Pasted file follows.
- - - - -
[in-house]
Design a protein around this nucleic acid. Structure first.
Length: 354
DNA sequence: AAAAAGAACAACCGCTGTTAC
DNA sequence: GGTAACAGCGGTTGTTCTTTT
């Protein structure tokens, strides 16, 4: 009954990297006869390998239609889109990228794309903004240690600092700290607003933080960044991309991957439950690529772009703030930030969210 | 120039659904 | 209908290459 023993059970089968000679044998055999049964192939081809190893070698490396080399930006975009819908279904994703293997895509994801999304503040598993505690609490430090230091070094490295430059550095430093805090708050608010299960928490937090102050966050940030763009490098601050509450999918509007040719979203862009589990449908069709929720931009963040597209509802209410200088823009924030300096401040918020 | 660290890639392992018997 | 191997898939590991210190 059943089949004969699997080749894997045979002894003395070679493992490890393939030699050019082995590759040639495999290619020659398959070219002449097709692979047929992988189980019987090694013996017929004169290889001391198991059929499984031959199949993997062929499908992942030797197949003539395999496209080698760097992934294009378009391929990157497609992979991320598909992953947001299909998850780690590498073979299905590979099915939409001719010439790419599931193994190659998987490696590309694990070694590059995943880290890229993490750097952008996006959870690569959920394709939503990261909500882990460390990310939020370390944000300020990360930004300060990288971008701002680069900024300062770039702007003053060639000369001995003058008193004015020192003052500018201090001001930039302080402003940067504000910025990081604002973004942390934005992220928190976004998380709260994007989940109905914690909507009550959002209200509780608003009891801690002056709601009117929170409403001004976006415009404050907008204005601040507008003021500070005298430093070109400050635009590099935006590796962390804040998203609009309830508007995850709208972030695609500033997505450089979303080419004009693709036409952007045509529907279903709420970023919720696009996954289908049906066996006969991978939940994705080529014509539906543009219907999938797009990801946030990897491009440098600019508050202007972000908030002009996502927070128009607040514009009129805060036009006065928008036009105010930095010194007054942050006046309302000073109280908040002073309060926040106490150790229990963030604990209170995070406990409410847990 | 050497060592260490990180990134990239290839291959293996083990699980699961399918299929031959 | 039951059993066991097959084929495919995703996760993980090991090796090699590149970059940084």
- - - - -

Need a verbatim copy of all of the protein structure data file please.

[in-house]
Design a protein around this nucleic acid. Structure first.
Length: 354
DNA sequence: AAAAAGAACAACCGCTGTTAC
DNA sequence: GGTAACAGCGGTTGTTCTTTT
């Protein structure tokens, strides 16, 4: 009954990297006869390998239609889109990228794309903004240690600092700290607003933080960044991309991957439950690529772009703030930030969210 | 120039659904 | 209908290459 023993059970089968000679044998055999049964192939081809190893070698490396080399930006975009819908279904994703293997895509994801999304503040598993505690609490430090230091070094490295430059550095430093805090708050608010299960928490937090102050966050940030763009490098601050509450999918509007040719979203862009589990449908069709929720931009963040597209509802209410200088823009924030300096401040918020 | 660290890639392992018997 | 191997898939590991210190 059943089949004969699997080749894997045979002894003395070679493992490890393939030699050019082995590759040639495999290619020659398959070219002449097709692979047929992988189980019987090694013996017929004169290889001391198991059929499984031959199949993997062929499908992942030797197949003539395999496209080698760097992934294009378009391929990157497609992979991320598909992953947001299909998850780690590498073979299905590979099915939409001719010439790419599931193994190659998987490696590309694990070694590059995943880290890229993490750097952008996006959870690569959920394709939503990261909500882990460390990310939020370390944000300020990360930004300060990288971008701002680069900024300062770039702007003053060639000369001995003058008193004015020192003052500018201090001001930039302080402003940067504000910025990081604002973004942390934005992220928190976004998380709260994007989940109905914690909507009550959002209200509780608003009891801690002056709601009117929170409403001004976006415009404050907008204005601040507008003021500070005298430093070109400050635009590099935006590796962390804040998203609009309830508007995850709208972030695609500033997505450089979303080419004009693709036409952007045509529907279903709420970023919720696009996954289908049906066996006969991978939940994705080529014509539906543009219907999938797009990801946030990897491009440098600019508050202007972000908030002009996502927070128009607040514009009129805060036009006065928008036009105010930095010194007054942050006046309302000073109280908040002073309060926040106490150790229990963030604990209170995070406990409410847990 | 050497060592260490990180990134990239290839291959293996083990699980699961399918299929031959 | 039951059993066991097959084929495919995703996760993980090991090796090699590149970059940084």